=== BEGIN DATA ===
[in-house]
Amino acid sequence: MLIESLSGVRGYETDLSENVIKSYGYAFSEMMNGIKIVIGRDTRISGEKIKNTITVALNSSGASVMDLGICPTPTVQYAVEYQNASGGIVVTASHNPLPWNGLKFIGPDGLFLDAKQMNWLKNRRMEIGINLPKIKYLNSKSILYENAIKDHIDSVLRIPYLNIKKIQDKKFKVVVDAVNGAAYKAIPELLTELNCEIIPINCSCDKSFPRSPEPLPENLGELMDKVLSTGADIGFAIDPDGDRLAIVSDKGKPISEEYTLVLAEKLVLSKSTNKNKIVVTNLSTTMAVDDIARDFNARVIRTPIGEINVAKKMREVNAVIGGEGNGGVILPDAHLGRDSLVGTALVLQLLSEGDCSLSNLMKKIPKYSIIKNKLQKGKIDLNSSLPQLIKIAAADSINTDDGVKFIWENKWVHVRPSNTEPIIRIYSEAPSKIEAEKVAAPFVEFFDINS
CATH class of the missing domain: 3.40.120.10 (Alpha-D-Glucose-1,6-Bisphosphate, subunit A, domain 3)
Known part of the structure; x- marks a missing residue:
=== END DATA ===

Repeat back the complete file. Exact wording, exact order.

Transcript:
[in-house]
Amino acid sequence: MLIESLSGVRGYETDLSENVIKSYGYAFSEMMNGIKIVIGRDTRISGEKIKNTITVALNSSGASVMDLGICPTPTVQYAVEYQNASGGIVVTASHNPLPWNGLKFIGPDGLFLDAKQMNWLKNRRMEIGINLPKIKYLNSKSILYENAIKDHIDSVLRIPYLNIKKIQDKKFKVVVDAVNGAAYKAIPELLTELNCEIIPINCSCDKSFPRSPEPLPENLGELMDKVLSTGADIGFAIDPDGDRLAIVSDKGKPISEEYTLVLAEKLVLSKSTNKNKIVVTNLSTTMAVDDIARDFNARVIRTPIGEINVAKKMREVNAVIGGEGNGGVILPDAHLGRDSLVGTALVLQLLSEGDCSLSNLMKKIPKYSIIKNKLQKGKIDLNSSLPQLIKIAAADSINTDDGVKFIWENKWVHVRPSNTEPIIRIYSEAPSKIEAEKVAAPFVEFFDINS
CATH class of the missing domain: 3.40.120.10 (Alpha-D-Glucose-1,6-Bisphosphate, subunit A, domain 3)
Known part of the structure; x- marks a missing residue: